Childhood obesity, as most people now know, is effected by many behavioral factors. In addition to the behavioral changes that may be required by changing the way your child eats and how much physical activity they engage in every day, you must observe at other factors in their behavior, and in the behavior of the teachers, coaches, family members and friends that surround your child.
A family is the nucleus cell that we all nourish and learn from, ideally a family is supportive and encouraging, this is usually true of parents, but the issue of siblings is completely different. If oyu feel that all members of the family do not act as one, on an active support that is ongoing and loving, you will need to make sure your family meetings and talks are devoted to getting everyone behind this.
If your child is overweight or obese, they need your support more than ever! Self-esteem and confidence issues abound in overweight children. Try not to criticize them, harp on them or berate them for their weight. Let your child know he is loved and appreciated and address his weight issue with positive confidence. Do not make jokes about your child situations, this is not the place in which humor helps, do not try and place blame on the child as this will probably result in the opposite of what you want. Simply let him know that you will work on this issue together and that there is nothing ‘wrong with’ him because he is overweight.
Make sure that you have a clear picture of your child life, at school, socially and elsewhere, if he is suffering from abuse from other children, even from his friends, or is suffering a more direct aggressive bullying problems. Work on rebuilding the child confidence by focusing on what he does well and by constantly reinforcing the idea that everyone is special and everyone has problems – he is no different, no better or worse than anyone else, no matter how little confidence he may have at this time. Keep the main focus on health and not esthetics, or weight, stress the importance of health. Focus on gradual changes in your family physical activity and nutrition and allow plenty of time for everyone to adjust and to feel good about the small changes they are making.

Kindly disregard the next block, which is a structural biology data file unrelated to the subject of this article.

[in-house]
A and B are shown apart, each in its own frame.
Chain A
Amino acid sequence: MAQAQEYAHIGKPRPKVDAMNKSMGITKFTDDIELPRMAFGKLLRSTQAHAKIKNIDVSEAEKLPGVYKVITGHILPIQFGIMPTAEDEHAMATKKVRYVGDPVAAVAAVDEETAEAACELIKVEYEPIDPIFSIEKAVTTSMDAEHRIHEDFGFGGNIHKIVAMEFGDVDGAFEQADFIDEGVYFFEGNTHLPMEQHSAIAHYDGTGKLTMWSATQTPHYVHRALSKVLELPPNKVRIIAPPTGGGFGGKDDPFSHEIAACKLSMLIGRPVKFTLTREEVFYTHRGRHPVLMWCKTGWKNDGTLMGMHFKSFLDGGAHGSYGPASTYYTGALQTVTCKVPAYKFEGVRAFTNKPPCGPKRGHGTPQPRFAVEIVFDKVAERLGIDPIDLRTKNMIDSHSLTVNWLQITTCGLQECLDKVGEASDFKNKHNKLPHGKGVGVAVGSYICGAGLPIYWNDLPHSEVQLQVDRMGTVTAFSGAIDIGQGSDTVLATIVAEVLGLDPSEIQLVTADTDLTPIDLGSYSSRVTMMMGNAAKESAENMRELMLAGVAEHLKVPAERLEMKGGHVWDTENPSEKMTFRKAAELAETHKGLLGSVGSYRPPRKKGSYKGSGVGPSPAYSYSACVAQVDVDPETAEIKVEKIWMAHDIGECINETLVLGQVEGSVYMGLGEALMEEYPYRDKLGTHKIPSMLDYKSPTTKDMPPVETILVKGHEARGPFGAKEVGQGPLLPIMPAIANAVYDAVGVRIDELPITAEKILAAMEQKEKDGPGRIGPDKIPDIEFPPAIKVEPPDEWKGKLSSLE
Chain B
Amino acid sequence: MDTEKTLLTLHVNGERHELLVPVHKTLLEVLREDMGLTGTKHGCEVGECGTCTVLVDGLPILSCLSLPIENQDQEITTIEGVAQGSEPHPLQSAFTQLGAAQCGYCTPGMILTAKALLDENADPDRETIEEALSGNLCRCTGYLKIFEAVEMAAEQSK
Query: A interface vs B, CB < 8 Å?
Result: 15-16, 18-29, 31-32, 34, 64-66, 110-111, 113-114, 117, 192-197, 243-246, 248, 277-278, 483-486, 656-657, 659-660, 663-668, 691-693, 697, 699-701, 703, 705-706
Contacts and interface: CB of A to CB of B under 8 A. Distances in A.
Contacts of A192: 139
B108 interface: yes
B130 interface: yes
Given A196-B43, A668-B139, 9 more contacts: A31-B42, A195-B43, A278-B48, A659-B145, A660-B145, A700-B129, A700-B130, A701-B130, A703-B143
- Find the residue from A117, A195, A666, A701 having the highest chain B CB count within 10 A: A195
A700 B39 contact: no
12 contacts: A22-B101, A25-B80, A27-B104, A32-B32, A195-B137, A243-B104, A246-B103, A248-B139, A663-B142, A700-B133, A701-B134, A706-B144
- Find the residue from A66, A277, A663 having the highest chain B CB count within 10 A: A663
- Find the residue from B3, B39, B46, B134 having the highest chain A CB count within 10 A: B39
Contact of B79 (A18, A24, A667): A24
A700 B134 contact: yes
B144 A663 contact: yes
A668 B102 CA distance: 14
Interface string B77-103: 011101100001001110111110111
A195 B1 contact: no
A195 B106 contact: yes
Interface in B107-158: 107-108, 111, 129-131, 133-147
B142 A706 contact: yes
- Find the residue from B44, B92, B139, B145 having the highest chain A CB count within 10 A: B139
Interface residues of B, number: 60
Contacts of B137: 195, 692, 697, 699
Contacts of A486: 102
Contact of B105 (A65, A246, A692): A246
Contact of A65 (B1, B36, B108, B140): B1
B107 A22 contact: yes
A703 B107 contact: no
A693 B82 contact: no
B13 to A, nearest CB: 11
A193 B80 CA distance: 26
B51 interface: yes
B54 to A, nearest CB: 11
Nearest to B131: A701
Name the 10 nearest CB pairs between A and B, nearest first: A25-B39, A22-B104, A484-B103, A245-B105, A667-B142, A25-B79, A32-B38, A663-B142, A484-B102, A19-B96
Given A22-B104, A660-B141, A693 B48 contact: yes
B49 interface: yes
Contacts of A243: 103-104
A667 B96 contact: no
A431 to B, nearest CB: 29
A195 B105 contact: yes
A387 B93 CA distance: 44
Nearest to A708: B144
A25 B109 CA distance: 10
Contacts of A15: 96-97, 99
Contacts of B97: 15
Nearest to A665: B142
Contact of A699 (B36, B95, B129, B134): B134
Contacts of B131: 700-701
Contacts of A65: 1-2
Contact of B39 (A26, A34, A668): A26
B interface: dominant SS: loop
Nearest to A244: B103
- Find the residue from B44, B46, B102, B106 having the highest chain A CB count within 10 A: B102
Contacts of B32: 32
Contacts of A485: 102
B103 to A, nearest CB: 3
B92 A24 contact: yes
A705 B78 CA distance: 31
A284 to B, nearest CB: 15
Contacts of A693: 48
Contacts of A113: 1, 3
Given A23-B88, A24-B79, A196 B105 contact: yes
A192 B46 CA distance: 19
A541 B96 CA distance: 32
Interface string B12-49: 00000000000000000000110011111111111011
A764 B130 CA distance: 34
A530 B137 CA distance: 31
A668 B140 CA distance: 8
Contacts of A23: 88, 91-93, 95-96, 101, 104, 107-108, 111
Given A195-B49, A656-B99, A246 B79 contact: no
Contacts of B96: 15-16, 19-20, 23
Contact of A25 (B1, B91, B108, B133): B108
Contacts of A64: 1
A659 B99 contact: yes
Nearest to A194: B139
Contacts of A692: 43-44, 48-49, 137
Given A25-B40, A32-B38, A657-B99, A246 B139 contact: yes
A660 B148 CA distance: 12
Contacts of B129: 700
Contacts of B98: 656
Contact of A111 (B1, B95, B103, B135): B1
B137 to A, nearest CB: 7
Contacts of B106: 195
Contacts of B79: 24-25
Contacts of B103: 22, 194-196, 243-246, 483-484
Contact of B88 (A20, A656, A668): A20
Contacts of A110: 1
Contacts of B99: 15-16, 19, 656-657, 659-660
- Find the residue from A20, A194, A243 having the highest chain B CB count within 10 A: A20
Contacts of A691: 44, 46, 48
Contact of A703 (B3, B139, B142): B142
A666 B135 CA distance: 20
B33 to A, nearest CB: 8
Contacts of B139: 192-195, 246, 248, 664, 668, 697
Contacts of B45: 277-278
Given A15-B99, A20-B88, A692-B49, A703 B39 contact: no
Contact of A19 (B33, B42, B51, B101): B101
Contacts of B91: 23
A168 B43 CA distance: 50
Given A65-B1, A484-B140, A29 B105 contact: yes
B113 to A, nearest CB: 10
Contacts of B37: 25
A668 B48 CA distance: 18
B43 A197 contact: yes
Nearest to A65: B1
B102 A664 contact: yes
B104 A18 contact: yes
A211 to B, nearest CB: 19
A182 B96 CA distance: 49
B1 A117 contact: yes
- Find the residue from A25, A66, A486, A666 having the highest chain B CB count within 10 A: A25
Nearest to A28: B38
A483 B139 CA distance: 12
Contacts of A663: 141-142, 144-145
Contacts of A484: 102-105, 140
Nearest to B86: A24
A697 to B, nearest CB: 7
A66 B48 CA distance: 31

These are huge changes you need to make and the first baby steps are crucial for you and your child to feel that it is within your power to make the change, so pay careful attention to the start, as it may prove to be the most important part, with many teenagers the first step is the most important to recover their confidence and self esteem. Setting smaller goals will also allow your child to lose weight gradually and to ‘grow into’ their additional weight as they grow in height. Some children have a lot of weight to lose and they will have longer-term goals with lots of short-term milestones to keep them motivated. For these children, you may want to consider rewards or recognition.
I hope you found this information helpful, I wish you and you family the best of luck in reducing and fighting childhood obesity.